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Outline. Review Pressure and Density. Begin Buoyant Forces. Continuity Equation. Bernoulli’s Principle. CAPA and Examples. Pressure and Density. Density = Mass/Volume A property of the material. Pressure = Force/Area Depends on the height of the fluid. Same in all directions.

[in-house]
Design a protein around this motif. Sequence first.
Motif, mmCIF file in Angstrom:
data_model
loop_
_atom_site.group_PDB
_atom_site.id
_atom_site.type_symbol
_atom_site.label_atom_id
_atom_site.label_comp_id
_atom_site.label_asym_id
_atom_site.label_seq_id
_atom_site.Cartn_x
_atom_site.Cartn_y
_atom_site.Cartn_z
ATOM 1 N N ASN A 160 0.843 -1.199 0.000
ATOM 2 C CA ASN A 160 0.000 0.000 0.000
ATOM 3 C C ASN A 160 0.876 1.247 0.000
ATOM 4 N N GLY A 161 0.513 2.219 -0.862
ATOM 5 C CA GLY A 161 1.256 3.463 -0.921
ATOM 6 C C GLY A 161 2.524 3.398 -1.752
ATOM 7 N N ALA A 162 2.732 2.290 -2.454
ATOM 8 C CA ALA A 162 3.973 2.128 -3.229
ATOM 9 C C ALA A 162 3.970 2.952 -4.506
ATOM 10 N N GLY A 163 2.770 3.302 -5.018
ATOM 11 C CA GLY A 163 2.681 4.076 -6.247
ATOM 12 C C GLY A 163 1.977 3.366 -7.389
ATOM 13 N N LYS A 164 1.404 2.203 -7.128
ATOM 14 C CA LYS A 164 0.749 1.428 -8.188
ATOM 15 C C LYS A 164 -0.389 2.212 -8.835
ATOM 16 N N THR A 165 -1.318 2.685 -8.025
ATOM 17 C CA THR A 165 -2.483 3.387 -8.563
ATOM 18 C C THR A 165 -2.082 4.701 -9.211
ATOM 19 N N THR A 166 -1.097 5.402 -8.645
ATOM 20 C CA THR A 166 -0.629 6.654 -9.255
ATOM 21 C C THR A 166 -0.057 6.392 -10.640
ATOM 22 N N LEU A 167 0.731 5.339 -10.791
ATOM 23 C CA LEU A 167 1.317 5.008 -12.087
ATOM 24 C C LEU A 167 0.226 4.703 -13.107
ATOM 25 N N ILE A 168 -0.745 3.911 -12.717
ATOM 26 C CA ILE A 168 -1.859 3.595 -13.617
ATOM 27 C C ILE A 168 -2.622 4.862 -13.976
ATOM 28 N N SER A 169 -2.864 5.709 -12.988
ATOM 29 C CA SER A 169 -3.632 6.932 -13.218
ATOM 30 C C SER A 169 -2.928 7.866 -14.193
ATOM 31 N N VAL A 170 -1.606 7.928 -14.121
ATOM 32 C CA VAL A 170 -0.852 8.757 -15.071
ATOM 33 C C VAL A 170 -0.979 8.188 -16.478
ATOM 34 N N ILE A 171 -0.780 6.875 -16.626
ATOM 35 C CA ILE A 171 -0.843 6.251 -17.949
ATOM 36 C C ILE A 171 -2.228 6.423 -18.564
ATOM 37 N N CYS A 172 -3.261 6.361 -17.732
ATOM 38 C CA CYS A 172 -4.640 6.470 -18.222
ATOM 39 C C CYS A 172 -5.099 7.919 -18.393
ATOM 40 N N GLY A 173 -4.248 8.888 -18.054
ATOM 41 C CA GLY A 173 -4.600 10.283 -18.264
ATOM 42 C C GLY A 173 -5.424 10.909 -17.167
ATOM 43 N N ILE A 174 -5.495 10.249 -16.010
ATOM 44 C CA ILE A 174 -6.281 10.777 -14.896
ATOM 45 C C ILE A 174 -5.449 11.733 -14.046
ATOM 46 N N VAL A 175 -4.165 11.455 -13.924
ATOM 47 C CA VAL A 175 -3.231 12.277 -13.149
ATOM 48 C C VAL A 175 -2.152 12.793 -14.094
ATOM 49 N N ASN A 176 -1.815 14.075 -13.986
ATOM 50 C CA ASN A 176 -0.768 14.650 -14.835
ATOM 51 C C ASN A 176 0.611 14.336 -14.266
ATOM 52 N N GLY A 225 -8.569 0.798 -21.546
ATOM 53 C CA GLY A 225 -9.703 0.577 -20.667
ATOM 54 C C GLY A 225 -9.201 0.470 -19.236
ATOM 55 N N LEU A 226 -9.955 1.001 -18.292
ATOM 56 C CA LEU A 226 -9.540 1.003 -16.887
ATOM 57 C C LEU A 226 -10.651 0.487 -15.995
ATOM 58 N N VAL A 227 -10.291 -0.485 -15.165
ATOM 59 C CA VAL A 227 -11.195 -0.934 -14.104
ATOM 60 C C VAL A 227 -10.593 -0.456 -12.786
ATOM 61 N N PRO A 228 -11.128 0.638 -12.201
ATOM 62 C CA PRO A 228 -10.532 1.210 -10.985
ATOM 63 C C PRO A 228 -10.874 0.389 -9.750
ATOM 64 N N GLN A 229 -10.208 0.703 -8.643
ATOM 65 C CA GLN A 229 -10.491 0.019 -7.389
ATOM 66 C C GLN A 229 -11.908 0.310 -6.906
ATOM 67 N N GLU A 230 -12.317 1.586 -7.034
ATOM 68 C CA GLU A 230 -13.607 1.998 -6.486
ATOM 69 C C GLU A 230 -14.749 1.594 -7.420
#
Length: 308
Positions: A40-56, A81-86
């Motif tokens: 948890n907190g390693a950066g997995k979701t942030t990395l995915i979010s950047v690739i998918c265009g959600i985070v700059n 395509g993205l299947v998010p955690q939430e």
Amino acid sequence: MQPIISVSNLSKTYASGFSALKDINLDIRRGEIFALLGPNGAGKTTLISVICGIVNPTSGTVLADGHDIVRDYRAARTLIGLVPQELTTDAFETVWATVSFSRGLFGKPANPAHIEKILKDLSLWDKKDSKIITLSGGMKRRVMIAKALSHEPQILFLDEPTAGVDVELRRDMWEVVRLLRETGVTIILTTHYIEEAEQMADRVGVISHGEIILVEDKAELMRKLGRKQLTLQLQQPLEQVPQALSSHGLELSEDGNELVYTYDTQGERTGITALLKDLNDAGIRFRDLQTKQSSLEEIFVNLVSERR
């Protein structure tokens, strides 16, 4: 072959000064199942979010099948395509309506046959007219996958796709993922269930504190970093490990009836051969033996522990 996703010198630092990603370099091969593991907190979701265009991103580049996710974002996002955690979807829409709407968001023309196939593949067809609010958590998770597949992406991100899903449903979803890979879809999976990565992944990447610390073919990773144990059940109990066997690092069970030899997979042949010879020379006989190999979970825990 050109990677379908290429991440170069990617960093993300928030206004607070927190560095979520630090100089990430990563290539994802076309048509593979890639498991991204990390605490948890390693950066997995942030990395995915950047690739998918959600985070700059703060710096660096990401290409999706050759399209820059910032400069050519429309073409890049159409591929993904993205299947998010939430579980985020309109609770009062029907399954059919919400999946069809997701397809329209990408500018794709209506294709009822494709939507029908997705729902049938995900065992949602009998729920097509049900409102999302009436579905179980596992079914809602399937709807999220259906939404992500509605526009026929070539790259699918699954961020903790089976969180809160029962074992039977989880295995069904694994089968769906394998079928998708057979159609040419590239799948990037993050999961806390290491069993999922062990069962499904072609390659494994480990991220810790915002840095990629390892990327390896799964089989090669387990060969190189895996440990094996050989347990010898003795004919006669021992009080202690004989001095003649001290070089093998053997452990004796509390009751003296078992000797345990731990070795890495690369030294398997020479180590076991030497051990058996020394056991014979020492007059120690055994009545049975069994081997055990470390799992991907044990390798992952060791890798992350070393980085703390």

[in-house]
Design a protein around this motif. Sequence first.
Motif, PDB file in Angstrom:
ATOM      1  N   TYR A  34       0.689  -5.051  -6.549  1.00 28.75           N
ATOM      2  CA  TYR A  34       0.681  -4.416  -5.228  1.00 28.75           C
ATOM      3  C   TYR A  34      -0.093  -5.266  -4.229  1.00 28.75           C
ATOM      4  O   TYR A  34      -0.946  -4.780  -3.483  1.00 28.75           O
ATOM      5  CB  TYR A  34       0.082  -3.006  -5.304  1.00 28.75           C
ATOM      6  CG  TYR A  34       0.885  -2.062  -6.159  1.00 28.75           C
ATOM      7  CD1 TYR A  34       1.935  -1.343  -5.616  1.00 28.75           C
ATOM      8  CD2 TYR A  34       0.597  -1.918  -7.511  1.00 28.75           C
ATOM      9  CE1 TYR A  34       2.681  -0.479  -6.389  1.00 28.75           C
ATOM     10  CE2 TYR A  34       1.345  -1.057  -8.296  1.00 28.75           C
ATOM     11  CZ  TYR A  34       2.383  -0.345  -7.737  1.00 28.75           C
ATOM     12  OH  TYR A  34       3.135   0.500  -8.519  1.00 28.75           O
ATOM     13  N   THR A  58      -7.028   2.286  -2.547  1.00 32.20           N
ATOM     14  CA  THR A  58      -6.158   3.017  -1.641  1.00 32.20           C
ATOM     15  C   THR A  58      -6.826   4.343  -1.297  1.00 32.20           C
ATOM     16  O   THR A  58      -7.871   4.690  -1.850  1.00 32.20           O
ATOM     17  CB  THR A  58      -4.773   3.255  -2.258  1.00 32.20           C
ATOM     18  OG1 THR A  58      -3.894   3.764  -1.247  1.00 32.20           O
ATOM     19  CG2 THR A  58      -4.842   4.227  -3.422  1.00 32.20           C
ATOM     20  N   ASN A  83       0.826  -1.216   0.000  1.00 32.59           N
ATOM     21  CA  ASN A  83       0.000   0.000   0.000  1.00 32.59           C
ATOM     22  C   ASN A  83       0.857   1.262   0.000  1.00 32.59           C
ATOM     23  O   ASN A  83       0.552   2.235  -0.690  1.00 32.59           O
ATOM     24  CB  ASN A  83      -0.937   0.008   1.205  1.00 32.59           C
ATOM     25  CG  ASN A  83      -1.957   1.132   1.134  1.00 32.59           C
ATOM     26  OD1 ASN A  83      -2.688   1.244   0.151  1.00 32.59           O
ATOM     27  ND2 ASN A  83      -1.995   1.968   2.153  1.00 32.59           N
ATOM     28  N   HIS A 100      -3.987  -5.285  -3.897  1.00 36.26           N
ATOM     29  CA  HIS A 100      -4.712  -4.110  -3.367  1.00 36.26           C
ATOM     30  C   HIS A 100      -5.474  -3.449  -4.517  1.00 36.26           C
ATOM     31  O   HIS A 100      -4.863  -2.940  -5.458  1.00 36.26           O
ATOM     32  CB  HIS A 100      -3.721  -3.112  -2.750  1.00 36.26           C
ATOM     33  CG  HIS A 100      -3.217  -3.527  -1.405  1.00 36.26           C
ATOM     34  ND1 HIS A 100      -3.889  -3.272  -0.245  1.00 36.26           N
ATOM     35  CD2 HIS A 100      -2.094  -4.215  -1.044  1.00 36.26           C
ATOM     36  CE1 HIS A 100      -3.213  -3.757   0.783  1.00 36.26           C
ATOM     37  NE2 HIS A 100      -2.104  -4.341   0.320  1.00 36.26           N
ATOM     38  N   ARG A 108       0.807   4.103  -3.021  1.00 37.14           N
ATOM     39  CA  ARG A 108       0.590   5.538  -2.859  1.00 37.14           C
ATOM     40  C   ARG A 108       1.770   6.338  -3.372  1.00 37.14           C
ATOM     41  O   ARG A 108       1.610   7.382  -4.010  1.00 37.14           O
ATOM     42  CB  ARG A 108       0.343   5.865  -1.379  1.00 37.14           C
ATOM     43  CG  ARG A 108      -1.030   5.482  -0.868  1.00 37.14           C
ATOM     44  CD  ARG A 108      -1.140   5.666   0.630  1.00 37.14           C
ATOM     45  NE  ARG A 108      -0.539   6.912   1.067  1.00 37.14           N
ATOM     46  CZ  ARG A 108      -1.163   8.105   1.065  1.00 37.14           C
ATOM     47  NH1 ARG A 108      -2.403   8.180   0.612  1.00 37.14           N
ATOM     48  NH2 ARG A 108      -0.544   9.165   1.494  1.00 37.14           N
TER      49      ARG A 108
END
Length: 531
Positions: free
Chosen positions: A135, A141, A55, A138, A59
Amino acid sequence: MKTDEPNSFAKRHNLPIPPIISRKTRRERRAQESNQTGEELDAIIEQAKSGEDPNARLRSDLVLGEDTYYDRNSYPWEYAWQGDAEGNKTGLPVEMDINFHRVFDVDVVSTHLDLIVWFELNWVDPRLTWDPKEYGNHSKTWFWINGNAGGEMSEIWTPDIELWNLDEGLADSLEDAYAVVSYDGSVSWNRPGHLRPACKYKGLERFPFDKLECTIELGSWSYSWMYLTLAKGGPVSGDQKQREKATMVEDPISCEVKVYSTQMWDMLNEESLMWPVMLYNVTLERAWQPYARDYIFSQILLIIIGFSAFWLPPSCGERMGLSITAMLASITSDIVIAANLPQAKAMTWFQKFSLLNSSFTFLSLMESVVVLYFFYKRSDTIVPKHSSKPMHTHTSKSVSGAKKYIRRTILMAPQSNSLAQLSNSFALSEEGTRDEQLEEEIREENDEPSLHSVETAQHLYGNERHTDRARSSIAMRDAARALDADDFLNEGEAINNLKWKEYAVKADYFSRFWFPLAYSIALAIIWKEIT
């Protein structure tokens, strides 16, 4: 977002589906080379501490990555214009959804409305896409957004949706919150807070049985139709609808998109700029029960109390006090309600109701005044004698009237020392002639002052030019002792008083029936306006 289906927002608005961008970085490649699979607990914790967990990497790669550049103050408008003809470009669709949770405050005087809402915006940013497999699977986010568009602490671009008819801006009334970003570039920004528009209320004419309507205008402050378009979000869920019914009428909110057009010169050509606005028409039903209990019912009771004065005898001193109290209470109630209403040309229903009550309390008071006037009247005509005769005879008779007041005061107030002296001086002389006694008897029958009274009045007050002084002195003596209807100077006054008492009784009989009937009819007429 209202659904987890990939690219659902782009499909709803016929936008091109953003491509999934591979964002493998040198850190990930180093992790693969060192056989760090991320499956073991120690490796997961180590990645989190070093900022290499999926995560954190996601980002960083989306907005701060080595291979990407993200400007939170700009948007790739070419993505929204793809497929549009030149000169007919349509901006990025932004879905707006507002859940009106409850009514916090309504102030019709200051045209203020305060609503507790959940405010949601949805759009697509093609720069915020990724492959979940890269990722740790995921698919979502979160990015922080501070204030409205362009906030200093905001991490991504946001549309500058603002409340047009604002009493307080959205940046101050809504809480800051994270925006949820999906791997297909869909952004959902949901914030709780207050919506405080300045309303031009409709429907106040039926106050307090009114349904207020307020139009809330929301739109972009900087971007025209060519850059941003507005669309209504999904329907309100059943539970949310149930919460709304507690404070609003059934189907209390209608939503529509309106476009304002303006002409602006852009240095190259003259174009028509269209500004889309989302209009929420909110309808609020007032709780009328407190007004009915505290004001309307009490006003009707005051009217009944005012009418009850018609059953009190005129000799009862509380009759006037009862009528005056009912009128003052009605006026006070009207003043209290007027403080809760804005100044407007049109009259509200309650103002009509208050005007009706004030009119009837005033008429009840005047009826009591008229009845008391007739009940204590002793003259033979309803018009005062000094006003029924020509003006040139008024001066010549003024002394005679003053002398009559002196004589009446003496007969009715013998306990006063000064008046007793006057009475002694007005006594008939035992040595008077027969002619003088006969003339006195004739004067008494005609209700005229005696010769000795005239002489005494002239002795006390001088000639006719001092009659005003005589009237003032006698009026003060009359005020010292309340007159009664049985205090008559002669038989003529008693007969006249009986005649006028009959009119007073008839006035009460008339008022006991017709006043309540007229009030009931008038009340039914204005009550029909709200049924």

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**Outline**• Review Pressure and Density. • Begin • Buoyant Forces. • Continuity Equation. • Bernoulli’s Principle. • CAPA and Examples.**Pressure and Density**• Density = Mass/Volume • A property of the material. • Pressure = Force/Area • Depends on the height of the fluid. • Same in all directions. • Units are: • Force/Area = N/m2. • Pascals 1 Pa = 1 N/m2. • Atmosphere 1 atm = 1.013 X 105 N/m2.**Pressure**• Pressure = Force/Area. • P = F/A. • Depends on the height of the fluid. • Same in all directions. • Units are: • Force/Area = N/m2. • Pascals 1 Pa = 1 N/m2. • Atmosphere 1 atm = 1.013 X 105 N/m2.**Pressure**• Pressure = Force/Area. • P = F/A. • Depends on the height of the fluid. F = Mg = (V)g = ( (A*h) )g F/A = ( (A*h) )g / A = gh P = gh**Buoyancy**• Fluid or gas exerts a force on materials it touches • For an immersed object, the sum of forces from surrounding material is the buoyancy • If the net force on an object is upward, then it “rises”, if it is downward then it “sinks”, if zero then it “floats”**Buoyant Forces**• Force exeted by a displaced liquid. Ft-Fb = B gAht - gAhb = B B = gA(ht – hb) = Wt - Wb = B B = A(ht – hb) * g**Ice and Water**• Why does ice float? • Solids are generally denser than liquids • Liquids are generally denser than liquids • Ice should sink • In fact, “really” cold water is denser than ice (I.e. water at 34o F is denser than ice at 32o F) • If this wasn’t true, oceans and lakes would freeze from the bottom up**Equation of Continuity**• The flow of a liquid is constant throughout a system (if no liquid is added or subtracted) • The amount of water going into a pipe is the same as coming out • Amount of liquid flow is Flow = Av**Equation of Continuity**Flow1 = Flow2 1A1v1 = 2A2v2 assuming 1 = 2 (same liquid) A1v1 = A2v2 A1 so v2 = x v1 A2**Bernoulli’s Principle**where the velocity of a fluid is high the pressure is low and where the velocity is low, the pressure is high • This is why baseballs spin, aspirators work, a roof can blow off a house in high winds and sailboats can sail into the wind Let’s see it work, take out a piece of paper…**Bernoulli’s Equation**Energy in a moving fluid: Pressure: W = Fd F = PA (pressure does work) Gravity: fluid flowing up or down changes its potential energy Kinetic: fluid speeding up or slowing down changes its kinetic energy Since energy is conserved, we can relate the pressure, velocity and height between two points in a flowing system**1**1 _ _ 2 2 Bernoulli’s Equation P = Pressure v = velocity = density of fluid y = height g = acceleration due to gravity P1 + v12 + gy1 = P2 + v22 + gy2 2 1**Example 10-12**Water heater in the basement, faucet on the 2nd floor What is the flow speed and pressure on the 2nd floor? First, find the flow rate (continuity): v1A1 = v2A2 v2 = A1/A2 x v1 v2 = r12/r22 x v1 v2 = 2.02 /1.32 x 0.50 v2 = 1.2 m/s Basement: dpipe = 4.0cm v = 0.50m/s P = 3 atm 2nd floor: dpipe = 2.6cm height = 5m**1**1 1 _ _ _ P2 = P1 + (v12 - v22) + g(y1 - y2) P1 + v12 + gy1 = P2 + v22 + gy2 2 2 2 1 1 _ _ P2 = P1 + v12 - v22 + gy1 - gy2 2 2 Example 10-12(cont) Basement: dpipe = 4.0cm v = 0.50m/s P = 3 atm What is the flow speed and pressure on the 2nd floor? Next, find the pressure (Bernoulli): P2 = (3.0 N/m2) + (1.0x103 kg/m3)(9.8 m/s2)(-5.0 m) . + 0.5(1.0x103 kg/m3)[(0.5 m/s)2 – (1.2 m/s)2] P2 = 2.5 x 105 N/m2 2nd floor: dpipe = 2.6cm height = 5m v2 = 1.2 m/s**CAPA #1**What is the absolute pressure on the bottom of a swimming pool 20.0 m by 11.60 m whose uniform depth is 1.92 m? Pw = gh = (1.0x103 kg/m3)(9.8 m/s2)(1.92m) = 1.89x104 N/m2 But, we need absolute pressure… P = Pw + Patm P = 1.89x104 N/m2 + 1.013x105 N/m2 = 1.20x105 N/m2**CAPA #2-3**2. What is the total force on the bottom of that swimming pool? Area = 20.0 m x 11.60 m F = P x A = (1.20x105 N/m2)(20.0 m)(11.60 m) = 2.79x107 N 3. What will be the pressure against the side of the pool near the bottom? The pressure near the bottom is the same as on the bottom P = 1.20x105 N/m2**CAPA #4**4. A dentist’s chair of mass 236.0 kg is supported by a hydraulic lift having a large piston of cross-sectional area 1434.0 cm2. The dentist has a foot pedal attached to a small piston of cross-sectional area 76.0 cm2. What force must be applied to the small piston to raise the chair? Fchair F? Fchair = mg = (236.0 kg)(9.80 m/s2) = 2312.8 N**Fchair**F? CAPA #4(cont) 4. A dentist’s chair of mass 236.0 kg is supported by a hydraulic lift having a large piston of cross-sectional area 1434.0 cm2. The dentist has a foot pedal attached to a small piston of cross-sectional area 76.0 cm2. What force must be applied to the small piston to raise the chair? P1 = P2 P = F/A F1 F2 A1 A2 F2 = (A2/A1)F1 = ((76.0 cm2)/(1434.0 cm2)) x (2312.8 N) F2 = 123 N ___ = ___**Next Time**• Larry Dennis will be back Monday. • Continue Chapter 10. • CAPA Problems. • Prepare for Quiz 7. • Please see me with any questions or comments. See you Monday.

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